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California Public Utilities Commission
505 Van Ness Ave., San Francisco
FOR IMMEDIATE RELEASE PRESS RELEASE Media Contact: Terrie Prosper, 415.703.1366, email@example.com
CPUC TO EVALUATE TELEPHONE SERVICE
SAN FRANCISCO, December 1, 2011 - The California Public Utilities Commission (CPUC), citing reports of substandard telephone customer service among certain telephone companies in 2010, today said it will review the adequacy of existing rules and whether there should be penalties for substandard service quality performance.
The CPUC unanimously approved taking this action based upon the recommendations in a CPUC staff report that noted numerous problems in telephone service carriers' compliance with service quality rules under the CPUC's General Order 133-C, including:
· Carriers regularly failing to meet the service restoration time and trouble ticket answer time standards, which are the most important standards because they relate to public safety; and
· While a large majority of 250,000 landline customers who lost service during the December 2010 and January 2011 severe winter rainstorm outages and flooding in Southern California had their service restored within days, a few thousand customers waited from one to four weeks before telephone service was partially or fully restored.
In its July 2009 decision adopting General Order 133-C, the CPUC noted its statutory duty to ensure that telephone corporations provide customer service that includes reasonable statewide service quality standards. General Order 133-C lists five standards for wireline telephone carriers: 1) Service installation time (within 5-days); 2) Meeting installation commitments 95 percent of the time; 3) Percentage of trouble reports per number of lines; 4) Out-of-Service restoration time (90 percent within 24 hours) or out of service repair interval for outages that were within the control of the utility; and, 5) Answer time to reach a live operator (80 percent of calls in less than 60 seconds). All five standards apply to the small telephone companies regulated under rate of return regulation and standards three through five apply to the larger facilities based telephone companies and competitive local telephone companies regulated under the CPUC's Uniform Regulatory Framework with 5,000 or more customers.
Some of the notable issues identified by CPUC staff in its Telephone Service Carrier Quality Report for 2010 (issued March 29, 2011), are:
· Only one of the four major carriers (SureWest) met standard number four; AT&T, Verizon, and Frontier never attained the 90 percent standard.
· None of the four large carriers were able to meet the answer time goal of routing callers to a live operator within 60 seconds for each quarter of the year. SureWest achieved the goal three out of four quarters in 2010; Citizens and AT&T achieved the goal two of four quarters; and Verizon did not meet the standard in any quarter.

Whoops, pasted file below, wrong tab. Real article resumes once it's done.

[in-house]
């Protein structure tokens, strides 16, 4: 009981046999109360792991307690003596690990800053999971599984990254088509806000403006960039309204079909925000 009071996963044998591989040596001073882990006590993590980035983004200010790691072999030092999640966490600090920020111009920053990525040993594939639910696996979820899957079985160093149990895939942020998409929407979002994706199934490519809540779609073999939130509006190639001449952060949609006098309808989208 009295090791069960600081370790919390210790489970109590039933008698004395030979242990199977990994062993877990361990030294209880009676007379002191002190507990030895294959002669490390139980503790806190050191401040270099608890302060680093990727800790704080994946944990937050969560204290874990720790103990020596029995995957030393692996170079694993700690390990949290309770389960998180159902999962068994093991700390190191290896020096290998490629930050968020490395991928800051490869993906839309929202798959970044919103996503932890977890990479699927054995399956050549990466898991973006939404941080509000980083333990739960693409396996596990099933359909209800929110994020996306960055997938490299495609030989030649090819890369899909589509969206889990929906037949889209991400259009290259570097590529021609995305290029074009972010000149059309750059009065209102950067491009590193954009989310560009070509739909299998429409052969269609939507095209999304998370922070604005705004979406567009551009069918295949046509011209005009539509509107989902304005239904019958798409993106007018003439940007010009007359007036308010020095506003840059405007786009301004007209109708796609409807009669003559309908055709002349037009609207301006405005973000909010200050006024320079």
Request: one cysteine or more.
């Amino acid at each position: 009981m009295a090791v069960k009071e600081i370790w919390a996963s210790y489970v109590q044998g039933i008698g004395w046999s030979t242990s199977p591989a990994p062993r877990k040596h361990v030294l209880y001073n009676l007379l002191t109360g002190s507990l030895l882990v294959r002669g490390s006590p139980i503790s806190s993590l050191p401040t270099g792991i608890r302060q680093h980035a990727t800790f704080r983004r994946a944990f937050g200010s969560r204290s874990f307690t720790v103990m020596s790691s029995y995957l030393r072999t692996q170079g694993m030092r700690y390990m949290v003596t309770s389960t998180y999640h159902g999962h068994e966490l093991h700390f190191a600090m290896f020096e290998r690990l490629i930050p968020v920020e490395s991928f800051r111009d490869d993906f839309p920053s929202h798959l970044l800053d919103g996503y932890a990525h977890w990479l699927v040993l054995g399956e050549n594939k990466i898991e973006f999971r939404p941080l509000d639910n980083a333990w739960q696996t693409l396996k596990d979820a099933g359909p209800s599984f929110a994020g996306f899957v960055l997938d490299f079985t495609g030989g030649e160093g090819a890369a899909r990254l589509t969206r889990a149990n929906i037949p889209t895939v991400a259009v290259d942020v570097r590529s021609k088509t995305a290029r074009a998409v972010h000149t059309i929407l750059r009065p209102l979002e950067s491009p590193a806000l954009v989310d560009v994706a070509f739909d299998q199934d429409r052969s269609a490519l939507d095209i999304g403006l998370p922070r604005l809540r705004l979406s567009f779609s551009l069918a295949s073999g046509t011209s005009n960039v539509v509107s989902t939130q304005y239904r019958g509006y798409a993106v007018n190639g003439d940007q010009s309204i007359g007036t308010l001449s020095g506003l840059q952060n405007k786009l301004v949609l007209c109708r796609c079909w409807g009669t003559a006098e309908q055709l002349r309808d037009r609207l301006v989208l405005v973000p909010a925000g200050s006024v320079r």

· The rainstorms in late-December 2010 and early-January 2011 in Southern California caused severe flooding in the service areas of AT&T and Verizon and more than 250,000 people lost telecommunications service. States of Emergency were declared in 12 counties. The time that it took to restore service in these areas was not reflected in AT&T's and Verizon's out-of-service restoration time statistics because these outages are considered to be outside of the control of the companies and excluded from the calculation under General Order 133-C. CPUC staff determined that there are differing interpretations for the treatment of excluded events in calculating Out-of-Service intervals, particularly during States of Emergency.
"The CPUC has a statutory responsibility to ensure that telephone companies provide quality customer service," said CPUC President Michael R. Peevey. "Through this proceeding we will evaluate whether companies met our service quality performance standards in 2010, and assess whether the existing service quality standards meet the goals of the CPUC and are relevant to the current regulatory environment and market."
Added Commissioner Timothy Alan Simon, "The best solution for improving service quality is to promote competition in the communications marketplace. As regulators, our role is to bring the benefits of robust competition, where possible. This proceeding should promote high quality communications service for Californians in deregulated communications markets."
"The CPUC has a statutory duty to ensure that telecommunications companies provide reasonable service quality to their customers," said Commissioner Mike Florio. "The consequences of inadequate system maintenance can be serious, including public safety concerns and the continued viability of the network that is essential to California's economy."
Said Commissioner Catherine J.K. Sandoval, "The CPUC strives to maintain a balance between promoting competition while ensuring that consumers are protected. The service outages that happened last year have made us question our existing rules and whether they are sufficient to meet both of these goals. I plan to work very closely with staff to determine if new rules are necessary to protect California ratepayers and ensure that we have a robust and reliable telecommunications network that will serve the needs of our economy and people in the 21st century."
The CPUC expects comments and reply comments from interested parties within two months. A formal schedule will be forthcoming by the Assigned Commissioner and Administrative Law Judge.
The proposal voted on is available at
For more information on the CPUC, please visit www.cpuc.ca.gov.